Nigeria, UNICEF Launch First National Child Health Week
UNICEF Executive Director Ann Veneman, who visited NigeriaÂ to launch the country’sÂ first ever National Child Health Week,Â said an unacceptably high number of children in the country are dying from preventable diseases, and she called on Nigerian government officials to provide integrated healthcare, Xinhua reports (8/3).
According to a UNICEFÂ statement, the goal of child health week, which will be held twice a year in Nigeria,Â is toÂ deliver aÂ package of “high-impact, low-cost child survival interventions,” including immunizations, deworming medicines andÂ insecticide-treatedÂ nets. In addition,Â womenÂ will be “counseled on key household practices like breast-feeding and basic hygiene.” Veneman said that although Nigeria is the “most populous country in Africa …Â more children die in Nigeria than any other country in Africa, largely from preventable diseases” (7/31). Â
“During the week, 30 million children will receive immunisation for various diseases, including polio. Nigeria is one of the four remaining polio countries in the world and accounted for 85 percent of all cases in Africa,”Â Veneman said, the Guardian writes (Ukwuoma/Akhaine, 8/3).
Veneman said UNICEF willÂ spend an additional $5 millionÂ for polio education, Xinhua writesÂ (8/3). Though she said thatÂ “Nigeria made progress this year” with polio immunizations,Â VenemanÂ added thatÂ “there is aÂ need to build on this if polio is to be eliminated in the country,” the Daily Trust/allAfrica.com reports.Â Veneman also talked about malnutrition, the need for clean water andÂ good sanitation,Â and she urged people toÂ use of insecticide-treated nets to prevent malaria.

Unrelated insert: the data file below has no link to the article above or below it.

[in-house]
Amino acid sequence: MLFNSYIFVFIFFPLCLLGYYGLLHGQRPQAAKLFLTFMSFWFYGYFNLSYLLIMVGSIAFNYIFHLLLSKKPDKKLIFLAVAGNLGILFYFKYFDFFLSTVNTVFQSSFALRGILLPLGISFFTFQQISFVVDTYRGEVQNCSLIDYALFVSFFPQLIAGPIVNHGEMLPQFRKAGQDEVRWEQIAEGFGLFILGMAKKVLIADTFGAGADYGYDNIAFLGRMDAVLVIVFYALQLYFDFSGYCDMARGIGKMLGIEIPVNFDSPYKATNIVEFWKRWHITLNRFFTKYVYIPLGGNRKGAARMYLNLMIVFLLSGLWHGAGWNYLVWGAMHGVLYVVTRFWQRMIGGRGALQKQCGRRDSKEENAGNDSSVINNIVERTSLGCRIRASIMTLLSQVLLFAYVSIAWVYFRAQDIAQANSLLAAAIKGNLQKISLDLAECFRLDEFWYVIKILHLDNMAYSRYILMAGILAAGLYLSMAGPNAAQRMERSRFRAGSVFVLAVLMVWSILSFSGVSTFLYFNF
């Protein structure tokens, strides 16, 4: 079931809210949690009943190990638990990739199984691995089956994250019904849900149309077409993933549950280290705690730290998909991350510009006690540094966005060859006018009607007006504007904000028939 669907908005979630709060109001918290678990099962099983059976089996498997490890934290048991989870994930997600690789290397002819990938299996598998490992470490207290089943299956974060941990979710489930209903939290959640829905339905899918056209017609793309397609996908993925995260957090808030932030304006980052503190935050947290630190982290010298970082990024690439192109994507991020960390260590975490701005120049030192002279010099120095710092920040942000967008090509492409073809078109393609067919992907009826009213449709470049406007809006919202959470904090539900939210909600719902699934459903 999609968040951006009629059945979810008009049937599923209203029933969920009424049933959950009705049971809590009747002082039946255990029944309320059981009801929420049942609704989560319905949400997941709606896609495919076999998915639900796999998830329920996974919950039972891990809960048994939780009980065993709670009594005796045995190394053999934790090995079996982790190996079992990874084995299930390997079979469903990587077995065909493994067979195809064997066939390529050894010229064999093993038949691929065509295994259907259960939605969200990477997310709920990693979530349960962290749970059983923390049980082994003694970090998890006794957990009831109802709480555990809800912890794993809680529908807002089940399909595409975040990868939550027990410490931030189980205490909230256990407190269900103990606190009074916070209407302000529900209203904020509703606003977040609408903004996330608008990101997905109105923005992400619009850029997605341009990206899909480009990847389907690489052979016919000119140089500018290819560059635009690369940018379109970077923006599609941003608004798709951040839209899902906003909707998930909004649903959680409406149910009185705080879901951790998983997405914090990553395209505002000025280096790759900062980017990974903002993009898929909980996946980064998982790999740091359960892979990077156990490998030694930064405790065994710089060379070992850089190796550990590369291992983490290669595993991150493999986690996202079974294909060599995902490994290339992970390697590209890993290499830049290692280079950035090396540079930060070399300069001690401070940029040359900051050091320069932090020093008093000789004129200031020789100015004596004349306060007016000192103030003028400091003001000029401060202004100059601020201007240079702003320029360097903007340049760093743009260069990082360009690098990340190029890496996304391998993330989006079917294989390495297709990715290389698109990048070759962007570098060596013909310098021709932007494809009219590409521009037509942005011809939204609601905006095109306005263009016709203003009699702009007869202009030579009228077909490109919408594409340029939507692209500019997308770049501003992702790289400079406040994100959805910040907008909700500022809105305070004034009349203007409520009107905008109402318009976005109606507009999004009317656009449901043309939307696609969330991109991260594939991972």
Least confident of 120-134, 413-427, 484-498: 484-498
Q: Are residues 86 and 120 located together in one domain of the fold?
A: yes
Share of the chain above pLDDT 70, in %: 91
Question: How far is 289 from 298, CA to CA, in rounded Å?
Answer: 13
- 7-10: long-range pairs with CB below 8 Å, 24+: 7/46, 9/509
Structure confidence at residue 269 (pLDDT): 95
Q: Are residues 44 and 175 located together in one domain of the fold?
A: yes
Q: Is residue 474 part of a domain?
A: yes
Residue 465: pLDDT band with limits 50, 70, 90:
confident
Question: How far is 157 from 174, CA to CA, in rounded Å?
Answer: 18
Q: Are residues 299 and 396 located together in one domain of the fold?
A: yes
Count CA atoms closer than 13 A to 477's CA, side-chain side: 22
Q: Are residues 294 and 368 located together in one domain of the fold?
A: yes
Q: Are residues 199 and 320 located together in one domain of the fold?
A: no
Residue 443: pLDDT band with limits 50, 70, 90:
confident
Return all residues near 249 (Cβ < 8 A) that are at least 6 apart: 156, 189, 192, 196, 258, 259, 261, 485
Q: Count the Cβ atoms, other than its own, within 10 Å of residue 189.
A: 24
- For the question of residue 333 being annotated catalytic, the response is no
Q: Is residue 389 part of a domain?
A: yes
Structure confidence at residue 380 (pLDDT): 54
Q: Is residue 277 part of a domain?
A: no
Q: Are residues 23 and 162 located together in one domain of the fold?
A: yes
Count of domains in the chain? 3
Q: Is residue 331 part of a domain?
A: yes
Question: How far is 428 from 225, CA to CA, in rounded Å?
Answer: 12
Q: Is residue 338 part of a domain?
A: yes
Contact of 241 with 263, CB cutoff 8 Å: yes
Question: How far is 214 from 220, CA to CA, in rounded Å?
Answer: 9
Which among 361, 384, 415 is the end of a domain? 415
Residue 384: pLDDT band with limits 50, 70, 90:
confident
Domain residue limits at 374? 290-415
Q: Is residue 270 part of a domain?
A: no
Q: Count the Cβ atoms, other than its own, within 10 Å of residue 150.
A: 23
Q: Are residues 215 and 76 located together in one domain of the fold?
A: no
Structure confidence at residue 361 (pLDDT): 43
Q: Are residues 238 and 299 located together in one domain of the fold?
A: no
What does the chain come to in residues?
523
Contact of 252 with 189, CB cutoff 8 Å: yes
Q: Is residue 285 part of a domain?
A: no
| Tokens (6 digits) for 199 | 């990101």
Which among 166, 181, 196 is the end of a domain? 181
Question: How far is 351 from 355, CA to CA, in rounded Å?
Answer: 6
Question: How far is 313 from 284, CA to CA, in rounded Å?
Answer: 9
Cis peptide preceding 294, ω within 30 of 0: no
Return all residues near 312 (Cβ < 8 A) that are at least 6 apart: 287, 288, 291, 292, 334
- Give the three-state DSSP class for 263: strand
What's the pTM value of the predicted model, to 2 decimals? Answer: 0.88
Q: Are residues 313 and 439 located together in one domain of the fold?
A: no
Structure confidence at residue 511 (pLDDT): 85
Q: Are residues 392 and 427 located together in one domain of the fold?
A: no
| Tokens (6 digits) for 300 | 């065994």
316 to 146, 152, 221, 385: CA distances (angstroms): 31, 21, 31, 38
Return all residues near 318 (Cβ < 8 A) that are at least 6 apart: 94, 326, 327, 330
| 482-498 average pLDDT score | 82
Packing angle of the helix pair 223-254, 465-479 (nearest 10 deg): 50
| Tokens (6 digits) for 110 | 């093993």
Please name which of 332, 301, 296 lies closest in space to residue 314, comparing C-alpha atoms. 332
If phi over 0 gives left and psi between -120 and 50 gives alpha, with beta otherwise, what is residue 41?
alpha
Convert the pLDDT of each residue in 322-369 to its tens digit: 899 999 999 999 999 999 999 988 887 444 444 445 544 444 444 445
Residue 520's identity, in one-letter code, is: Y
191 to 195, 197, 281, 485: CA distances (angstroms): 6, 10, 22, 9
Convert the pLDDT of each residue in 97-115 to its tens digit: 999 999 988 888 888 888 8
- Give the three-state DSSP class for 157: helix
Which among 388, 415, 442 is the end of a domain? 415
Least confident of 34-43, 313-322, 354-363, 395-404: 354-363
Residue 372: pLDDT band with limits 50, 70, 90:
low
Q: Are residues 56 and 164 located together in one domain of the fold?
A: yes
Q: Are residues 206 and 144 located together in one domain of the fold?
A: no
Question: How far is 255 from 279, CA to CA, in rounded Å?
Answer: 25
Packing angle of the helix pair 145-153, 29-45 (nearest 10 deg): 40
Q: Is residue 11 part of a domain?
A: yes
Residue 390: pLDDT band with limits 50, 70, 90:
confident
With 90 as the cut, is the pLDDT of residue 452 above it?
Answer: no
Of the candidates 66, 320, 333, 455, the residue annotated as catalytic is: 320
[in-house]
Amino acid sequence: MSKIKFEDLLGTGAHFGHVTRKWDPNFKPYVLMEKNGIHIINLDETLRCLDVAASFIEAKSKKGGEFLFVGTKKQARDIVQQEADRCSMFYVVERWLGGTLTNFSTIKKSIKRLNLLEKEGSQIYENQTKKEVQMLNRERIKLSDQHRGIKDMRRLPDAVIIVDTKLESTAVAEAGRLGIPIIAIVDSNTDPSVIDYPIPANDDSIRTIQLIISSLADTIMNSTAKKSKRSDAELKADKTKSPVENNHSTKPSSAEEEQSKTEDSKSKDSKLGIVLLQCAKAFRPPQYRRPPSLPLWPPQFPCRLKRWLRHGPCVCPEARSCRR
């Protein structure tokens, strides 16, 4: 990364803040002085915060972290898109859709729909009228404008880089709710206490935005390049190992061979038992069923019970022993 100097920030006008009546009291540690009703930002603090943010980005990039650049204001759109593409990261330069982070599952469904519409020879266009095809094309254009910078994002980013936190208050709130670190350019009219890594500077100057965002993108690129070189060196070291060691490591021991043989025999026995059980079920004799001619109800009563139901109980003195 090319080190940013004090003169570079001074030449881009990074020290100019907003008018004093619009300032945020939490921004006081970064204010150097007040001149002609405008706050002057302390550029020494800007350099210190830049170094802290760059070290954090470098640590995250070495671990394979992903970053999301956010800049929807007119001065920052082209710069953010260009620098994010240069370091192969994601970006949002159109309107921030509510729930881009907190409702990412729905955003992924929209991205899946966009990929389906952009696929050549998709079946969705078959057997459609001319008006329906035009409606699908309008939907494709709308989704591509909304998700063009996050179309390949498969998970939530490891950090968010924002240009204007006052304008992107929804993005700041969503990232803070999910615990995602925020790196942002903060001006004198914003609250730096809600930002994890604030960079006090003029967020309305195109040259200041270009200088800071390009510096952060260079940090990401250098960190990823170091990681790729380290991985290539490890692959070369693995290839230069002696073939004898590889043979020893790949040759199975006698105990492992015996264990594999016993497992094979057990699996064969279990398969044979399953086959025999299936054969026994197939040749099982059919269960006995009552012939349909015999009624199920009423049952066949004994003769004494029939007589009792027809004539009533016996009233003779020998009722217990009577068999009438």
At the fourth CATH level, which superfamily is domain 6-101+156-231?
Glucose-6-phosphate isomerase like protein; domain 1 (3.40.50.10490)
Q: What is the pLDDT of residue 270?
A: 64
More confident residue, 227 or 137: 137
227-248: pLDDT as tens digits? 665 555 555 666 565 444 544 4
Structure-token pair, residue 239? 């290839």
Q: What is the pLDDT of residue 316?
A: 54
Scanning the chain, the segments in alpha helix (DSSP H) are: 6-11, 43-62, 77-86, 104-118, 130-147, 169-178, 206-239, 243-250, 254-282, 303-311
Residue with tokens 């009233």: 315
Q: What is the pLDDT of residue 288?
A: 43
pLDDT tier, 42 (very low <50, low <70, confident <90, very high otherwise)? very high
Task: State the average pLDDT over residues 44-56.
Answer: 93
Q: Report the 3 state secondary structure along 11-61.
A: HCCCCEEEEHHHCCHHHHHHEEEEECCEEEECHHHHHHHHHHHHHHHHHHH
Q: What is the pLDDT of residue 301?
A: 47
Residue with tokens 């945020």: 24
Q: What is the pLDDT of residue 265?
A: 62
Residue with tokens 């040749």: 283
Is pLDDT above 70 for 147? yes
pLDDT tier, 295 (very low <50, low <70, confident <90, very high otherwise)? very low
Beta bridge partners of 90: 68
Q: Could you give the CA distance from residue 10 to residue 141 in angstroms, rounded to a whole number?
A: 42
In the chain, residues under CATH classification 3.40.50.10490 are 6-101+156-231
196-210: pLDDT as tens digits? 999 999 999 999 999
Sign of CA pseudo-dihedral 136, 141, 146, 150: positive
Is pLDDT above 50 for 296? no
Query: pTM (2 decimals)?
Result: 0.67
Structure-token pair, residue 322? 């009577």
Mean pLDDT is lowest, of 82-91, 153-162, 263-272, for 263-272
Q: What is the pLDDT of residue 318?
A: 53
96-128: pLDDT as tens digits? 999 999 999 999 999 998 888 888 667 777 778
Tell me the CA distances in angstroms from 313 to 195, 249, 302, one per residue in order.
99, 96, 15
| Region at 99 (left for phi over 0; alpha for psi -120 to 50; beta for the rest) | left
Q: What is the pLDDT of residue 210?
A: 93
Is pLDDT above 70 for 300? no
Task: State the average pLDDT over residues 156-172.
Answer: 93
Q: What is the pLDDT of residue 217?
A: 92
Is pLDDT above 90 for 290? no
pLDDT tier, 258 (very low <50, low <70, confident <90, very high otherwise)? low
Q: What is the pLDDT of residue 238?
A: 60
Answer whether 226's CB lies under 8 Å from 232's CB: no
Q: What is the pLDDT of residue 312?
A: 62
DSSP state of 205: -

Babatunde Osotimehin, Nigeria’s minister of health,Â said the federal government is working on a health bill to finance primary healthcare. Over the next three years, he said the country expects to receiveÂ about $600 million from the Global Fund to Fight AIDS, Tuberculosis and Malaria and the World Bank to fund programs (Muhammad, 8/3).
In related news, the Washington Post examines Nigeria’s “unreliable agriculture output.” Though the country was a “major agricultural exporter before oil was discovered off its coast in the 1970s,”Â today almostÂ “90 percent of Nigeria’s agricultural output comes from inefficient small farms, according to the World Bank, and most farmers have little or no access to fertilizers, irrigation or other modern inputs,” the Washington Post writes.
The country is now “one of the world’s biggest importers of food staples, particularly rice and wheat, both of which the country could potentially grow in large enough quantities to be self-sufficient,” according to the article.Â DespiteÂ the imports, “about 38 percent of Nigerians younger than 5 suffer from moderate or severe malnutrition, according to UNICEF, while 65 percent of the population — roughly 91 million people — are what humanitarian organizations call ‘food insecure'” (Hecht, 8/2).
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